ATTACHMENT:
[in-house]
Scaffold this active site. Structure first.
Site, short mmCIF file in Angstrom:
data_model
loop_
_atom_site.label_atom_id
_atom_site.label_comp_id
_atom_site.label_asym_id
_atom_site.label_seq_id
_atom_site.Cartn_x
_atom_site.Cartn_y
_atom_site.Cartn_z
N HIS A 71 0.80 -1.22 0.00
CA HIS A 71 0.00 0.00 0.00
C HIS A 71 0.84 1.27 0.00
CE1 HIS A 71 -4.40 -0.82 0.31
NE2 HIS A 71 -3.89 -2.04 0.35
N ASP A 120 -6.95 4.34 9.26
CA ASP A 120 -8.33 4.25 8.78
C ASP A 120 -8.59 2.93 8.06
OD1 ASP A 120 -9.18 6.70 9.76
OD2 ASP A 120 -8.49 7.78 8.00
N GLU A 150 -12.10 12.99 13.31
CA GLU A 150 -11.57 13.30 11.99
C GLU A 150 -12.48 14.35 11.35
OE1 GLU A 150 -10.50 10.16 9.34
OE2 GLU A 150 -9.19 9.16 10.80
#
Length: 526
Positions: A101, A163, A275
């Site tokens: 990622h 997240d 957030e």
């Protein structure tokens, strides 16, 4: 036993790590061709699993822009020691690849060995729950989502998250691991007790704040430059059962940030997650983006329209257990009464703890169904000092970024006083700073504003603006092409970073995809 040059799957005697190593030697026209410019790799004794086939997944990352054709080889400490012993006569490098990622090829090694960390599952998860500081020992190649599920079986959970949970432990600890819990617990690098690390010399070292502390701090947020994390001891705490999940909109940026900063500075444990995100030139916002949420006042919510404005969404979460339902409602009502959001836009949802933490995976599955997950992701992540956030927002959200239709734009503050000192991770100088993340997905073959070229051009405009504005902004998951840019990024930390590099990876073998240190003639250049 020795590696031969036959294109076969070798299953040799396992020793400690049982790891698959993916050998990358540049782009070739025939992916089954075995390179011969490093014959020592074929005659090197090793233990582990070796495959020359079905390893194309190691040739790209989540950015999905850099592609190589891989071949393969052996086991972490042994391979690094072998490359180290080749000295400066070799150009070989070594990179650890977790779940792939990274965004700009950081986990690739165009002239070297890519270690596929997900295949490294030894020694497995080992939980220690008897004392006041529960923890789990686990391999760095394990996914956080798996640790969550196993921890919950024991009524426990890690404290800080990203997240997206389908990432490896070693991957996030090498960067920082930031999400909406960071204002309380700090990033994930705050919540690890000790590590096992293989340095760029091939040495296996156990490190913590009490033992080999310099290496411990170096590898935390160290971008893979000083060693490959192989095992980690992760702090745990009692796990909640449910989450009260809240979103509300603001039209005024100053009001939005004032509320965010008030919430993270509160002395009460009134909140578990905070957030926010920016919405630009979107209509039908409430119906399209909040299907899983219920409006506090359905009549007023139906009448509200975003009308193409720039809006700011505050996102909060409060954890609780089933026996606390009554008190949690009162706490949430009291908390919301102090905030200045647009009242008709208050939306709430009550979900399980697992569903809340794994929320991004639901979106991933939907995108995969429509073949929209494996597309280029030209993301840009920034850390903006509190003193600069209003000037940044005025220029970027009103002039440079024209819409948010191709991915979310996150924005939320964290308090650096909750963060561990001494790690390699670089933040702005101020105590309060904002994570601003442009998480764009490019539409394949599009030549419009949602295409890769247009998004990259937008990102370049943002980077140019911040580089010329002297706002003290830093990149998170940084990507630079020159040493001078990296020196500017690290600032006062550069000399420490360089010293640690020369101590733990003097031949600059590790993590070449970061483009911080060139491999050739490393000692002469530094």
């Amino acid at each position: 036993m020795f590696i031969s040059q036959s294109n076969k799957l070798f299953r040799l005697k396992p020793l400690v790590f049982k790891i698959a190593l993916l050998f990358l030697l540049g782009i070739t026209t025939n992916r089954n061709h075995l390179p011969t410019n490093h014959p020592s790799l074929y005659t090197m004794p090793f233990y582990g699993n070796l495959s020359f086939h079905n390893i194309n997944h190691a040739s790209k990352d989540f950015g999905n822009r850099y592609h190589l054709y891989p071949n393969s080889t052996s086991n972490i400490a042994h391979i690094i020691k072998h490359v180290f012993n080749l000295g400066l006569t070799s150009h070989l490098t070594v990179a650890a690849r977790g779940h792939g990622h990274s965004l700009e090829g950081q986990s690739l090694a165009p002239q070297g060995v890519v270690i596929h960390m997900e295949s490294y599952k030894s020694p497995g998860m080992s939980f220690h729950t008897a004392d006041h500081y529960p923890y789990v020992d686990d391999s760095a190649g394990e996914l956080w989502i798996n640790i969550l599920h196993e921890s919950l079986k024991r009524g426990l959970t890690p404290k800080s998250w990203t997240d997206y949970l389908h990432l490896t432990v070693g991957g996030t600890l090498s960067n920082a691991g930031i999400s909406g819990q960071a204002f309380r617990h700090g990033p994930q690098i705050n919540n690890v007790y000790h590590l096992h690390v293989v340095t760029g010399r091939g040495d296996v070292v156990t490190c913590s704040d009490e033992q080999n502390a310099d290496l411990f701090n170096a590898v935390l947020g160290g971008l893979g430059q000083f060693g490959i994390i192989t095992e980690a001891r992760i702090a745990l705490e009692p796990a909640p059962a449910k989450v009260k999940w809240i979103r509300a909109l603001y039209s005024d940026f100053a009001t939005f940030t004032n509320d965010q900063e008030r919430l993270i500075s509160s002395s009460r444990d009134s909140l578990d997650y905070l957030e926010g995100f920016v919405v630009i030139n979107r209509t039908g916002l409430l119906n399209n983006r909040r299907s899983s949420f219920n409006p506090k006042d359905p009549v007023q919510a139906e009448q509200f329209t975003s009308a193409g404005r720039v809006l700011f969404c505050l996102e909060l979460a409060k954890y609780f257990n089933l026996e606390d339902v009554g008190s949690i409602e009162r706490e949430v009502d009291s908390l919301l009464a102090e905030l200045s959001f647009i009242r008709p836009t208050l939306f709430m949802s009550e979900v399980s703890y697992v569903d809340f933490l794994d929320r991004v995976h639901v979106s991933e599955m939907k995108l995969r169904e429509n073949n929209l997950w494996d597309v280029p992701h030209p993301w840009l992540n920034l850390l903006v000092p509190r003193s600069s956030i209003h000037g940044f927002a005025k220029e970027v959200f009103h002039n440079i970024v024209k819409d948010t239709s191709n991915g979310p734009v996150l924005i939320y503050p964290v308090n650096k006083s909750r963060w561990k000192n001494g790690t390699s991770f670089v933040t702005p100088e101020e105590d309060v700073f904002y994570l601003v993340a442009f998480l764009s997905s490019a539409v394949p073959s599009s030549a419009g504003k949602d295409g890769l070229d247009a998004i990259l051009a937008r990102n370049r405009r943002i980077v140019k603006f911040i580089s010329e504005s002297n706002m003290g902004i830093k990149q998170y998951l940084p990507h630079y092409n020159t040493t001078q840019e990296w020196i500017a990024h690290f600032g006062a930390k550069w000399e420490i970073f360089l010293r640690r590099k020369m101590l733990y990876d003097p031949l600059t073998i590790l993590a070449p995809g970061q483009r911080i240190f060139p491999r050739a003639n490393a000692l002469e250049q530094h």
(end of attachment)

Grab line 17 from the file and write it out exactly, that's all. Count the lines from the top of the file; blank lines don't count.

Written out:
NE2 HIS A 71 -3.89 -2.04 0.35